PIMCOs Bill Gross: “We’re witnessing the death of equities”

There are a handful of people who – when they talk about their global economic outlook or speak passionately about their beliefs – their words resonate deeply in those who hear them.

Warren Buffett is one. Steve Jobs was another. Bill Gross is right up there with them. Gross is the cofounder of Pimco as well as its co-Chief Investment Officer. But most people simply refer to him as “The Bond King” because he runs one of the largest mutual funds in the world, one the focuses almost exclusively on bonds.

In his August investment outlook, Gross urged investors to think twice about buy-and-hold investments such as stocks. The heyday for consistent, annual returns in the stock market has long past, he said.

Or, as he colorfully put it: “The cult of equity is dying. Like a once bright green aspen turning to subtle shades of yellow then red in the Colorado fall, investors’ impressions of ‘stocks for the long run’ or any run have mellowed as well.”

Now I can’t speak much about the cross-seasonal hue of aspen tree leaves, but Gross is dead right about people losing faith in one of the most traditional forms of investment.

Truth is, the stock market is wildly volatile and will continue to be for a host of reasons: High U.S. unemployment, European debt crisis, China’s economic slowdown. All of stifling global trade across sectors, and none of those are showing signs of easing.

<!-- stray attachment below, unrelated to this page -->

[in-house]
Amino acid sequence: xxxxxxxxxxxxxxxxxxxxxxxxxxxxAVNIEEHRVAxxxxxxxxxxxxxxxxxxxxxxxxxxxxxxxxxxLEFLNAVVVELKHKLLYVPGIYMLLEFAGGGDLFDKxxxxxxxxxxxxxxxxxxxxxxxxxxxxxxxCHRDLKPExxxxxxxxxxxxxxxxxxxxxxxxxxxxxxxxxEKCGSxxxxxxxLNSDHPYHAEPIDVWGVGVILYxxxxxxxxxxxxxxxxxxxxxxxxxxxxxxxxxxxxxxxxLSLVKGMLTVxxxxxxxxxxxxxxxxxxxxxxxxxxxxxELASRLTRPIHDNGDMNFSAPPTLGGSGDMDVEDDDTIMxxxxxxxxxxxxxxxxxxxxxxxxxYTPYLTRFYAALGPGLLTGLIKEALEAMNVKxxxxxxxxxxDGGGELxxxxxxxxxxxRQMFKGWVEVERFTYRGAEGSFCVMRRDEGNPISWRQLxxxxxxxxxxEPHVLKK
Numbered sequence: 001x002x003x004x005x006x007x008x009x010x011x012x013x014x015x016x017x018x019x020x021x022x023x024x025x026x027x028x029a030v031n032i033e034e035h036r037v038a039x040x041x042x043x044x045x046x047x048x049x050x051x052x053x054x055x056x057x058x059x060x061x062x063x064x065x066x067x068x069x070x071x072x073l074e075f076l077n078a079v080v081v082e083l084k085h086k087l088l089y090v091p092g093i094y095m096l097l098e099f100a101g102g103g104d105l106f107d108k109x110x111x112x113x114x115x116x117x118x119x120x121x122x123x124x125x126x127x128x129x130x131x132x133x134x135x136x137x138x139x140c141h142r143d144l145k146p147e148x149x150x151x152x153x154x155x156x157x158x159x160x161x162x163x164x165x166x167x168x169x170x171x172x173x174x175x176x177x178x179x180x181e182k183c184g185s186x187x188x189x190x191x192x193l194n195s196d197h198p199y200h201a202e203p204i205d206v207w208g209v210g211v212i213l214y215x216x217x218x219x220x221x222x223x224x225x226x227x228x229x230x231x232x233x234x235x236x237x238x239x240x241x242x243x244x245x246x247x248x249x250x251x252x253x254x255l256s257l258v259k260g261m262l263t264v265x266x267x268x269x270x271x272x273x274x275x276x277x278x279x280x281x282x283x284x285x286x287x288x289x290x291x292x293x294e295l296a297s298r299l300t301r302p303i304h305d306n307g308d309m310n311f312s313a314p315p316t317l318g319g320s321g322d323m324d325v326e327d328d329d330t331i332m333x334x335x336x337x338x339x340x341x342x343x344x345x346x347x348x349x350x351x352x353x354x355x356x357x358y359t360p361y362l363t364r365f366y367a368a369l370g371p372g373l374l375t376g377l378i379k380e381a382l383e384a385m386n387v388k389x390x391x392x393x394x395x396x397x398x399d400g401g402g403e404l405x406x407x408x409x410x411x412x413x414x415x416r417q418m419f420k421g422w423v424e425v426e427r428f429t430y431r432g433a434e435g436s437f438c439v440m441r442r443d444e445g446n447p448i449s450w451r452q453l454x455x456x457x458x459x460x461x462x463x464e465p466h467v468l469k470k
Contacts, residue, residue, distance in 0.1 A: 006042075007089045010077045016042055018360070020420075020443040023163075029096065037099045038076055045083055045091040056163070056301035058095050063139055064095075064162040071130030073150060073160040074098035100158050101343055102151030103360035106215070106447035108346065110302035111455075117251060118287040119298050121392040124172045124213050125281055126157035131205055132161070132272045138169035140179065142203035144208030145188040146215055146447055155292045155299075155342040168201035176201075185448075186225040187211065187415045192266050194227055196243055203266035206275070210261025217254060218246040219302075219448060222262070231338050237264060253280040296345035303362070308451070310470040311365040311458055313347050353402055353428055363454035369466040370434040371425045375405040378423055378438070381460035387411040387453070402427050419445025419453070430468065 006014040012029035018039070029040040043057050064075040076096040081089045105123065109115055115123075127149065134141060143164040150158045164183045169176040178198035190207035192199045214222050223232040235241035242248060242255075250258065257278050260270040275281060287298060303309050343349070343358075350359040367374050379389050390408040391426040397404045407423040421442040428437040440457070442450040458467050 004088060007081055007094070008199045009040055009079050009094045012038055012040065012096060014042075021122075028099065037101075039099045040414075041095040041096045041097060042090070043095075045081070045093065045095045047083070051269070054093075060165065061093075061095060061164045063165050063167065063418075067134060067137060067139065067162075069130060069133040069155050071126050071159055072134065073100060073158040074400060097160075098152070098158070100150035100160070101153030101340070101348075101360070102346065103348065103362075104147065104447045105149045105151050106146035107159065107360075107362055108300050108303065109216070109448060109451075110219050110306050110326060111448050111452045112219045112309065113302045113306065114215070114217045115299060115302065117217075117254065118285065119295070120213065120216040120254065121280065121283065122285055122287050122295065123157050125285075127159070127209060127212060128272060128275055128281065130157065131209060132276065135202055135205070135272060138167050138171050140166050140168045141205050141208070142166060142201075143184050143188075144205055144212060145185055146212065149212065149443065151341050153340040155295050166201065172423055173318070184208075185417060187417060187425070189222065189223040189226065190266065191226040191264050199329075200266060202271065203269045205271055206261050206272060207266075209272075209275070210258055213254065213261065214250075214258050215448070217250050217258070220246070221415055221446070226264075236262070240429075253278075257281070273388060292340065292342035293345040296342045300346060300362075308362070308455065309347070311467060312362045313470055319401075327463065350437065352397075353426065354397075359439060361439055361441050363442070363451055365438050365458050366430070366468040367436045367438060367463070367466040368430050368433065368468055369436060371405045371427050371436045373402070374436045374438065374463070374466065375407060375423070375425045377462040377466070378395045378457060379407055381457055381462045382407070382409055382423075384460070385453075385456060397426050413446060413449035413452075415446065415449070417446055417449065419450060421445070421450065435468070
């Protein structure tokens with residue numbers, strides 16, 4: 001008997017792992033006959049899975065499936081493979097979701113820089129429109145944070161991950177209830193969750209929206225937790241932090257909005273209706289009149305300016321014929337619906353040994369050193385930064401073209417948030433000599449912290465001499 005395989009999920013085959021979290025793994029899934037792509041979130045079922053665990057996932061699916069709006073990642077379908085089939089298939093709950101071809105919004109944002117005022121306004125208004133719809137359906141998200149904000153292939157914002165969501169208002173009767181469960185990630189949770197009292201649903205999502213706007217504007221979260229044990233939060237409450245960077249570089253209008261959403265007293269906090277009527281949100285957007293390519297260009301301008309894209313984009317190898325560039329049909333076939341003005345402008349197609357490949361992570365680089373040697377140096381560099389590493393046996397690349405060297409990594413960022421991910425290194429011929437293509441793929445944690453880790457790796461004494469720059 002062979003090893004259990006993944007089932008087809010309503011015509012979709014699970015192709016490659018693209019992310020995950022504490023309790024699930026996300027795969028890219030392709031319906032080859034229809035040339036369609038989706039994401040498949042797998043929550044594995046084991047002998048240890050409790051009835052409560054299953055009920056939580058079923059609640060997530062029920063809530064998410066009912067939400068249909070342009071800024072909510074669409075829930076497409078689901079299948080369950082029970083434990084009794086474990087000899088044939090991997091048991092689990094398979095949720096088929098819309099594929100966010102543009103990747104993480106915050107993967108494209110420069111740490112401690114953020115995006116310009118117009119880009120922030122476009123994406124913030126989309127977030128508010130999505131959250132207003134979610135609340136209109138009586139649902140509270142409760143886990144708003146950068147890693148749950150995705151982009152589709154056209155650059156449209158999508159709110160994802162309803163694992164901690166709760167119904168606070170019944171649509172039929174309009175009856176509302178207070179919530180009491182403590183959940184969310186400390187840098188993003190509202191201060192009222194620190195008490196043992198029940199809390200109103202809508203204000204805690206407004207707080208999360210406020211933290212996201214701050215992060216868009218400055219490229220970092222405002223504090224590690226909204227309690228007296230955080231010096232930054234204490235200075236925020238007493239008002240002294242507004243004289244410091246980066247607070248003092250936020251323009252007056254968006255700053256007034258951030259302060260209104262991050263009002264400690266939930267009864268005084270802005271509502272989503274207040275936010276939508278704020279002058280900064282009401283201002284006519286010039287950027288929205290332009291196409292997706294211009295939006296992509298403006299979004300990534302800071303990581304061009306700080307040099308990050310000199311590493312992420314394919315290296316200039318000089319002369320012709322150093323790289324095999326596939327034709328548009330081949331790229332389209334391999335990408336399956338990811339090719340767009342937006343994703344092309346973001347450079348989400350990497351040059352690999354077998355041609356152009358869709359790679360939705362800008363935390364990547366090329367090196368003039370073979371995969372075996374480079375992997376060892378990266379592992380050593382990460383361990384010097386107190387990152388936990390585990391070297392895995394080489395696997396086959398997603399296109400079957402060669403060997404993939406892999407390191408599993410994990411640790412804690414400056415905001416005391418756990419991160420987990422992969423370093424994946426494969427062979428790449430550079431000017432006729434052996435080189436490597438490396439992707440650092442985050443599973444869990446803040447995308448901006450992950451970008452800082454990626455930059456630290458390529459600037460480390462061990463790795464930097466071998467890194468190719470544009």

And that wild volatility is driving investor away like the plague.

Gross later writes that since 1912, stocks have only averaged a 6.6% annual gain when you factor inflation. Nowadays, slow global economic growth makes getting a 6.6% annual return from the stock market a “historical freak,” according to Gross.

I bring all this up specifically for those of you who are selling life insurance or financial planning.

Investors are losing confidence in equities or anything that has a whiff of the stock market to it. People are more leery of putting their money in equities, and it’s your job to create a demand in them for a safe and viable alternative.

And there is no better time than now to hone your message and harness this collective frustration and distrust in the stock market to sell cash value life insurance.

In case you have forgotten, cash value life insurance plans offer exactly what many conventional stocks are missing: safety, liquidity, guarantees and tax-advantages.

Fact is, cash value life insurance is one of the few investment vehicles out there that don’t face the headwinds of the unsteady stock market. That kind of safety is rare for any investment. This one reason alone will help prospects sleep better at night.

Come to think of it, not only is 6.6% a “historical freak” as Gross calls it, but even in the rare event you get 6.6% annual gain in the stock market, you still owe taxes when you cash them in.

There again does cash value life insurance look more appealing. Any withdrawal from a properly designed cash value life plan is tax-free for any use.

I could go on, but you know the benefits of your products and services better than anybody.

Bill Gross doesn’t mince words with his readers and neither should you with your prospects.

Being straightforward with a prospect is equally informative and self-serving to your business.

Just leave the poetic talk about fall foliage to Bill Gross.

Be valuable.

John McCarthy
Managing Editor, Leads4Insurance.com